Mpact incentive to focus on reducing working capital pays off

CFO Brett Clark says, as a result, the company has generated R700 million of cash from operations.

Paper and plastics packaging business Mpact has reported a decrease in operating profit from R255.2 million in 2019 to R126.9 million for the six-month period ended 30 June 2020, largely due to the unstable economy and Covid-19 lockdown measures.

One of the company’s key objectives, set by CFO Brett Clark and MD Bruce Strong, has been to ensure that Mpact has sufficient cash, especially during this tough economic climate. 

“As part of this objective, we changed part of management’s incentive to focus on reducing working capital,” Brett says. “Bruce and myself tried to attend all the divisional management committee meetings where we emphasised the importance of generating cash.”

The focus resulted in Mpact generating R700 million of cash from operations, compared to R101 million in 2019. 

In the same period, Mpact increased its borrowing facilities and postponed non-essential capital expenditure, which resulted in the company meeting all its covenants and having more than sufficient headroom in its facilities. 
 
Mpact’s recycling division also implemented a new software system which went live at the end of July. 
 
When South Africa went into hard lockdown at the end of March, Mpact was halfway into its reporting period, but most of the company’s divisions were designated as essential service providers due to it being one of the critical supply chain links in the economy, producing paper and packaging for food, pharmaceuticals and other essential products. 
 
However, not all packaging manufactured by the group is used for essential goods. “Consequently, non-essential production lines, such as those producing packaging for quick-service restaurants and alcoholic beverages, did not operate at all times during the lockdown period,” Brett says.
 
The lockdown had a negative impact on demand for paper and plastics packaging products and for recycled paper, plastic and glass. This resulted in sales volumes from continuing operations for the second quarter (April, May and June 2020) declining by 10.4 percent when compared to the same prior year period.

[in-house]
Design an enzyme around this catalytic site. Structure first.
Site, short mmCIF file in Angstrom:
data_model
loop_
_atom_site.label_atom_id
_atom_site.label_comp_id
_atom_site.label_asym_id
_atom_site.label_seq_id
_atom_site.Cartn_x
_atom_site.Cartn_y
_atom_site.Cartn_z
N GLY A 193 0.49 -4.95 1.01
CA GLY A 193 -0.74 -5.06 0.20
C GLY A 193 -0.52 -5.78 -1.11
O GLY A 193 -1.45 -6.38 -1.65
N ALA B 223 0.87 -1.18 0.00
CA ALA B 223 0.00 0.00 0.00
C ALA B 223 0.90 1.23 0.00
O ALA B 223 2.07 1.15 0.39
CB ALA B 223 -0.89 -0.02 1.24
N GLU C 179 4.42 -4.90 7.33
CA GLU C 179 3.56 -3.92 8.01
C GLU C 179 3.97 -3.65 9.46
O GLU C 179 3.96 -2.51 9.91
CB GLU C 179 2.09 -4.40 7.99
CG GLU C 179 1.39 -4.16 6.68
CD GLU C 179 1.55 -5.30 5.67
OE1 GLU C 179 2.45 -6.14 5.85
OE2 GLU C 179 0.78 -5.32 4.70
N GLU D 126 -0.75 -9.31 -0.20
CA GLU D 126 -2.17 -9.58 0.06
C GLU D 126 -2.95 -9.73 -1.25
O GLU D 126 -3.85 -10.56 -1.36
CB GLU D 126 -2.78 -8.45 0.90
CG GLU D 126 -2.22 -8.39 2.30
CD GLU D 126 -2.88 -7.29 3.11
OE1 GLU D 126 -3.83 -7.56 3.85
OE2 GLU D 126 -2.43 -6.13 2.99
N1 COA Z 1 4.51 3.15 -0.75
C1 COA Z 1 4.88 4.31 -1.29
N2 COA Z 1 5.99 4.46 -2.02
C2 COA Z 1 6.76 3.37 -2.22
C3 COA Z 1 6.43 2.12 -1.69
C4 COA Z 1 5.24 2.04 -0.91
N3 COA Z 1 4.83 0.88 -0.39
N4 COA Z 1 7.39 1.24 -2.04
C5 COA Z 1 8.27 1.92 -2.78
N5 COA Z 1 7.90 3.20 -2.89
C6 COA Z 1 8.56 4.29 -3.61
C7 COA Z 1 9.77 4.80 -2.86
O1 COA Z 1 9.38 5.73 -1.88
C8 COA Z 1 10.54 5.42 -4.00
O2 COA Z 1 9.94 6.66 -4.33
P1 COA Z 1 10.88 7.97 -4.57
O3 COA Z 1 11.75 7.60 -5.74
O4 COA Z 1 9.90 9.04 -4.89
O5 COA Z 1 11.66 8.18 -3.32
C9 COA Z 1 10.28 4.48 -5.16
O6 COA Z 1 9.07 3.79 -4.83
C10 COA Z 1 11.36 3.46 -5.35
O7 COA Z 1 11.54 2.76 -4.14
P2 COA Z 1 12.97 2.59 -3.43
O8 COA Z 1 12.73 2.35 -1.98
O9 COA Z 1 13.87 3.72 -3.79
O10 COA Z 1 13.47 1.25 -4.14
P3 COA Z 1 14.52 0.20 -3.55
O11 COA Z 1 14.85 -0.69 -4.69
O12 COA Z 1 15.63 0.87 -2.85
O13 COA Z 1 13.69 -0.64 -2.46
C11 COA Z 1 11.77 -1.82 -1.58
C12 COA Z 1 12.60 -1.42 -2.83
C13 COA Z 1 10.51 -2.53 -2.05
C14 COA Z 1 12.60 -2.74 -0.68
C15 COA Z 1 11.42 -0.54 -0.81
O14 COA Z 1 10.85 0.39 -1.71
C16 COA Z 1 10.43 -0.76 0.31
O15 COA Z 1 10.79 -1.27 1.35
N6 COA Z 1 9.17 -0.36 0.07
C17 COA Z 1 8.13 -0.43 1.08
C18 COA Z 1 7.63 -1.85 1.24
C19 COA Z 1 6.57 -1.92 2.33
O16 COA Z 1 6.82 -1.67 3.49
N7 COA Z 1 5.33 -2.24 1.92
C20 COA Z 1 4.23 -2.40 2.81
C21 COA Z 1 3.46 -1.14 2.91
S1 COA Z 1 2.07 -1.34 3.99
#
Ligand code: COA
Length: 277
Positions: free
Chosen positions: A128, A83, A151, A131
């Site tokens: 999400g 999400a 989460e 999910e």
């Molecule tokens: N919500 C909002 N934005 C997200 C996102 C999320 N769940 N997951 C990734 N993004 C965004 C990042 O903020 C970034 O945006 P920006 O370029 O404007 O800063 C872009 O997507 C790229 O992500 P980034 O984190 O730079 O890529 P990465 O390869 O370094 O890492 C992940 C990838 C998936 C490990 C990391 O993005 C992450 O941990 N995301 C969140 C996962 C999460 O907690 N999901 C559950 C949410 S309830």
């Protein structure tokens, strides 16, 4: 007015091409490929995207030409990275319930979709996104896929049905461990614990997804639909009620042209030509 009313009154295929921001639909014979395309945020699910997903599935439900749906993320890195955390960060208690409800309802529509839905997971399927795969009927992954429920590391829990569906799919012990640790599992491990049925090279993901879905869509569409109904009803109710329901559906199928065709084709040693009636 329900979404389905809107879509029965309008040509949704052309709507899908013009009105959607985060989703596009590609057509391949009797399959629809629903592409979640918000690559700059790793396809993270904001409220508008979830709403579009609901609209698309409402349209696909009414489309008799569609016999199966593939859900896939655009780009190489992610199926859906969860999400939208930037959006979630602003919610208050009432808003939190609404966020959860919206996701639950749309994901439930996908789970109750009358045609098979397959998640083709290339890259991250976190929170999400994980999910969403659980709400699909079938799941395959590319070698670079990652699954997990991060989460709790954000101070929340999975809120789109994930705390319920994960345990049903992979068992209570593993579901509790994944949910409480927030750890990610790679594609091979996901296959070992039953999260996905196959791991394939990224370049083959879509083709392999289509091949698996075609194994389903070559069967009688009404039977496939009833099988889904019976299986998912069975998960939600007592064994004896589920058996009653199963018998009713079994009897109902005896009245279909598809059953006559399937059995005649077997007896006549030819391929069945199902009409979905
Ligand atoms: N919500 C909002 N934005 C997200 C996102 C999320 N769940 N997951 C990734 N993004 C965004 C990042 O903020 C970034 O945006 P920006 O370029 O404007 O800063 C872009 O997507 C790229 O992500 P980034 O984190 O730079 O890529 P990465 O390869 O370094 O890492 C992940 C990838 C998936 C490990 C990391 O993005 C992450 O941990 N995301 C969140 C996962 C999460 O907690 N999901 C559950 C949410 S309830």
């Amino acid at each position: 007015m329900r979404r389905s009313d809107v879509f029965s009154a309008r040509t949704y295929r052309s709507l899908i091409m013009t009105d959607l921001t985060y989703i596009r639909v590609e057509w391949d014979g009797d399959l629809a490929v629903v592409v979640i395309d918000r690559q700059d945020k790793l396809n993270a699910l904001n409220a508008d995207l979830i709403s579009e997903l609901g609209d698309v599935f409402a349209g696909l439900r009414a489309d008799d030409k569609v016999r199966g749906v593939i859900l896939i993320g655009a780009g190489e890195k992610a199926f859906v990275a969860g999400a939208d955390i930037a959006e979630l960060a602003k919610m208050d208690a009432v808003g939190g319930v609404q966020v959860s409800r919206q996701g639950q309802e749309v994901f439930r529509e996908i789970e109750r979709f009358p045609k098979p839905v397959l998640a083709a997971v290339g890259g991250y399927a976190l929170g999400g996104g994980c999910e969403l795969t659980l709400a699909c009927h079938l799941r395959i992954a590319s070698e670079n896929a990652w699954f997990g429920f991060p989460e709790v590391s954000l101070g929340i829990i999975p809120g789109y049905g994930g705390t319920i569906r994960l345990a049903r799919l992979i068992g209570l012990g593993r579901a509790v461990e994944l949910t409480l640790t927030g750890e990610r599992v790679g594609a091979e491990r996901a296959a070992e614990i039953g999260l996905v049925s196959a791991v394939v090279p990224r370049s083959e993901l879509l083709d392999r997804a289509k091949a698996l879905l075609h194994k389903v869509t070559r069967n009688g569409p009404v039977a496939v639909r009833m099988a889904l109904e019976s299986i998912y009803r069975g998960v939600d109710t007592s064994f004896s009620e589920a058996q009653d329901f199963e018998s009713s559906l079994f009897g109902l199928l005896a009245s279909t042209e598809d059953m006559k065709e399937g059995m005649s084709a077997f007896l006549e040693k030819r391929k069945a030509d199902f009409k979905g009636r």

“Our first priority was to provide and maintain a safe and healthy working environment for our employees,” Brett says. “To this end we had a comprehensive plan of action with stringent safety and hygiene practices to mitigate the risks associated with the pandemic.”
 
He adds that they also had to make sure that Covid-19 could not be used as an excuse for not supplying their customers or delivering projects or financial results on time. 
 
The majority of Mpact’s finance team has worked from home and, despite the uncertainty the crisis has brought forward, all their deadlines have been met. “In fact, our reporting timeline was slightly shorter than in previous years,” Brett points out. 
 
He explains that, through proper planning and instilling the right culture from the start, reporting has not been impacted materially by Covid-19.
 
The results for the six months ended 30 June 2020 include:

  • Revenue from contracts with customers decreased to R5.06 billion (down from R5.13 billion in 2019)
  • Operating profit came to R126.9 million (down from R255.2 million in 2019)
  • Profit attributable to equity holders of Mpact lowered to R15.4 million (down from R68.7 million in 2019)
  • Headline earnings per share from total operations decreased to 8.4 cents per share (down from 39 cents per share in 2019)